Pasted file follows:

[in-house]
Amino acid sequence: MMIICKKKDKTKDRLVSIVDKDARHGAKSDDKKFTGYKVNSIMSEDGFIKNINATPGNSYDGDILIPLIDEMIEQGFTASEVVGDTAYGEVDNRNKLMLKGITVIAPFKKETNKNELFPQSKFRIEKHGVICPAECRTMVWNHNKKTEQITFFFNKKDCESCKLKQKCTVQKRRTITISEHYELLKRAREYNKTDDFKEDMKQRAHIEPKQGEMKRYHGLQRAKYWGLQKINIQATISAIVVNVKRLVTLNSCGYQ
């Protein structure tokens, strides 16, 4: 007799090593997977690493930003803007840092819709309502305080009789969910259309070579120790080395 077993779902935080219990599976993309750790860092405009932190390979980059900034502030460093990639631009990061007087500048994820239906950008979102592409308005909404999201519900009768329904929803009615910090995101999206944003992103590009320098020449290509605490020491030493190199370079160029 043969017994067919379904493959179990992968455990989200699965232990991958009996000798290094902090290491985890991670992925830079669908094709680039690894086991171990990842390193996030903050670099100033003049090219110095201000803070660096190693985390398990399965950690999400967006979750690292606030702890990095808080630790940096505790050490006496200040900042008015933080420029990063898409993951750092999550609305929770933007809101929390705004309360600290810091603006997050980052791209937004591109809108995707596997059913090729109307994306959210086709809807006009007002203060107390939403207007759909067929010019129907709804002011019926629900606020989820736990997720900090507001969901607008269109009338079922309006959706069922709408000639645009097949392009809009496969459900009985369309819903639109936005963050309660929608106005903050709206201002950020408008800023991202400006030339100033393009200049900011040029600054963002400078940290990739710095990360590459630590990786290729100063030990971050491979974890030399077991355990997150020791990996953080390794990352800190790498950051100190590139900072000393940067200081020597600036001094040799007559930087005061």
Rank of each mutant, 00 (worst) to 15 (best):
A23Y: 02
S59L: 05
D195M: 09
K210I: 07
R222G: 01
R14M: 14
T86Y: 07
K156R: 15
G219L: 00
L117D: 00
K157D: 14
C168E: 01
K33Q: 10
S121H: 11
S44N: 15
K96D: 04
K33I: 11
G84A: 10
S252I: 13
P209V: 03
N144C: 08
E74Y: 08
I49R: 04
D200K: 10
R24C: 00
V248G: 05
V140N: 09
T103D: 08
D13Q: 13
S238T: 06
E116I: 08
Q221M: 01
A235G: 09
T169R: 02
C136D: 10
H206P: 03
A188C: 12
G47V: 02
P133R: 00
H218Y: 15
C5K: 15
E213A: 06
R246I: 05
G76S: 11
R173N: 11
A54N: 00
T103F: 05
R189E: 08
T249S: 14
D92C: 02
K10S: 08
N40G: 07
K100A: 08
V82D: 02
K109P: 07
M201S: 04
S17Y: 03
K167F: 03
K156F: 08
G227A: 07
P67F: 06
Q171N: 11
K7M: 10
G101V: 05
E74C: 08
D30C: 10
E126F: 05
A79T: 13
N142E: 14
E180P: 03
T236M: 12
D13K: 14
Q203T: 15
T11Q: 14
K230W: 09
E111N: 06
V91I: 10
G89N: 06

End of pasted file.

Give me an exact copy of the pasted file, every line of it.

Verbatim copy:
[in-house]
Amino acid sequence: MMIICKKKDKTKDRLVSIVDKDARHGAKSDDKKFTGYKVNSIMSEDGFIKNINATPGNSYDGDILIPLIDEMIEQGFTASEVVGDTAYGEVDNRNKLMLKGITVIAPFKKETNKNELFPQSKFRIEKHGVICPAECRTMVWNHNKKTEQITFFFNKKDCESCKLKQKCTVQKRRTITISEHYELLKRAREYNKTDDFKEDMKQRAHIEPKQGEMKRYHGLQRAKYWGLQKINIQATISAIVVNVKRLVTLNSCGYQ
């Protein structure tokens, strides 16, 4: 007799090593997977690493930003803007840092819709309502305080009789969910259309070579120790080395 077993779902935080219990599976993309750790860092405009932190390979980059900034502030460093990639631009990061007087500048994820239906950008979102592409308005909404999201519900009768329904929803009615910090995101999206944003992103590009320098020449290509605490020491030493190199370079160029 043969017994067919379904493959179990992968455990989200699965232990991958009996000798290094902090290491985890991670992925830079669908094709680039690894086991171990990842390193996030903050670099100033003049090219110095201000803070660096190693985390398990399965950690999400967006979750690292606030702890990095808080630790940096505790050490006496200040900042008015933080420029990063898409993951750092999550609305929770933007809101929390705004309360600290810091603006997050980052791209937004591109809108995707596997059913090729109307994306959210086709809807006009007002203060107390939403207007759909067929010019129907709804002011019926629900606020989820736990997720900090507001969901607008269109009338079922309006959706069922709408000639645009097949392009809009496969459900009985369309819903639109936005963050309660929608106005903050709206201002950020408008800023991202400006030339100033393009200049900011040029600054963002400078940290990739710095990360590459630590990786290729100063030990971050491979974890030399077991355990997150020791990996953080390794990352800190790498950051100190590139900072000393940067200081020597600036001094040799007559930087005061």
Rank of each mutant, 00 (worst) to 15 (best):
A23Y: 02
S59L: 05
D195M: 09
K210I: 07
R222G: 01
R14M: 14
T86Y: 07
K156R: 15
G219L: 00
L117D: 00
K157D: 14
C168E: 01
K33Q: 10
S121H: 11
S44N: 15
K96D: 04
K33I: 11
G84A: 10
S252I: 13
P209V: 03
N144C: 08
E74Y: 08
I49R: 04
D200K: 10
R24C: 00
V248G: 05
V140N: 09
T103D: 08
D13Q: 13
S238T: 06
E116I: 08
Q221M: 01
A235G: 09
T169R: 02
C136D: 10
H206P: 03
A188C: 12
G47V: 02
P133R: 00
H218Y: 15
C5K: 15
E213A: 06
R246I: 05
G76S: 11
R173N: 11
A54N: 00
T103F: 05
R189E: 08
T249S: 14
D92C: 02
K10S: 08
N40G: 07
K100A: 08
V82D: 02
K109P: 07
M201S: 04
S17Y: 03
K167F: 03
K156F: 08
G227A: 07
P67F: 06
Q171N: 11
K7M: 10
G101V: 05
E74C: 08
D30C: 10
E126F: 05
A79T: 13
N142E: 14
E180P: 03
T236M: 12
D13K: 14
Q203T: 15
T11Q: 14
K230W: 09
E111N: 06
V91I: 10
G89N: 06